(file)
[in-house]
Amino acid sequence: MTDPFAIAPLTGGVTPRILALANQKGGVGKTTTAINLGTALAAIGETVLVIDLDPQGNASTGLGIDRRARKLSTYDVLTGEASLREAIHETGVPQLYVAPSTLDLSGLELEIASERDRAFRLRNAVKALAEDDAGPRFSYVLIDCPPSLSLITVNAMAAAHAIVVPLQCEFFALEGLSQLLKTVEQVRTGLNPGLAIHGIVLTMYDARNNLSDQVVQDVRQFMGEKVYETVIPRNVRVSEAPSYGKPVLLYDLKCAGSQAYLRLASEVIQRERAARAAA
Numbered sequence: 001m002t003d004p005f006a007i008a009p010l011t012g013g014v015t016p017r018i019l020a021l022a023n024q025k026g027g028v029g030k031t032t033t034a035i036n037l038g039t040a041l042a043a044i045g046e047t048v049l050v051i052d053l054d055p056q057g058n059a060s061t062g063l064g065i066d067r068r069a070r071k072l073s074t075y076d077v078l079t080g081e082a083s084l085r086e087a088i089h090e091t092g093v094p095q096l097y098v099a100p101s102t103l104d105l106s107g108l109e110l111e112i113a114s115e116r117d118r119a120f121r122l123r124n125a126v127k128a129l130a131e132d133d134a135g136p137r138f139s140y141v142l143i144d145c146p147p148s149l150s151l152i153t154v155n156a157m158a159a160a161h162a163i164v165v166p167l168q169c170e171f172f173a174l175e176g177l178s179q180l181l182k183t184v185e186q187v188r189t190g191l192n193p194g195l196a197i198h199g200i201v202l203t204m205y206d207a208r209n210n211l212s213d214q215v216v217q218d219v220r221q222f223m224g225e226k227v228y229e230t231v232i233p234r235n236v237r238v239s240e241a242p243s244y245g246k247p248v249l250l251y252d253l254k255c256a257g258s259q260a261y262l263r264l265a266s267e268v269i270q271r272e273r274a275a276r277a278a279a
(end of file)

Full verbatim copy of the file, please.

[in-house]
Amino acid sequence: MTDPFAIAPLTGGVTPRILALANQKGGVGKTTTAINLGTALAAIGETVLVIDLDPQGNASTGLGIDRRARKLSTYDVLTGEASLREAIHETGVPQLYVAPSTLDLSGLELEIASERDRAFRLRNAVKALAEDDAGPRFSYVLIDCPPSLSLITVNAMAAAHAIVVPLQCEFFALEGLSQLLKTVEQVRTGLNPGLAIHGIVLTMYDARNNLSDQVVQDVRQFMGEKVYETVIPRNVRVSEAPSYGKPVLLYDLKCAGSQAYLRLASEVIQRERAARAAA
Numbered sequence: 001m002t003d004p005f006a007i008a009p010l011t012g013g014v015t016p017r018i019l020a021l022a023n024q025k026g027g028v029g030k031t032t033t034a035i036n037l038g039t040a041l042a043a044i045g046e047t048v049l050v051i052d053l054d055p056q057g058n059a060s061t062g063l064g065i066d067r068r069a070r071k072l073s074t075y076d077v078l079t080g081e082a083s084l085r086e087a088i089h090e091t092g093v094p095q096l097y098v099a100p101s102t103l104d105l106s107g108l109e110l111e112i113a114s115e116r117d118r119a120f121r122l123r124n125a126v127k128a129l130a131e132d133d134a135g136p137r138f139s140y141v142l143i144d145c146p147p148s149l150s151l152i153t154v155n156a157m158a159a160a161h162a163i164v165v166p167l168q169c170e171f172f173a174l175e176g177l178s179q180l181l182k183t184v185e186q187v188r189t190g191l192n193p194g195l196a197i198h199g200i201v202l203t204m205y206d207a208r209n210n211l212s213d214q215v216v217q218d219v220r221q222f223m224g225e226k227v228y229e230t231v232i233p234r235n236v237r238v239s240e241a242p243s244y245g246k247p248v249l250l251y252d253l254k255c256a257g258s259q260a261y262l263r264l265a266s267e268v269i270q271r272e273r274a275a276r277a278a279a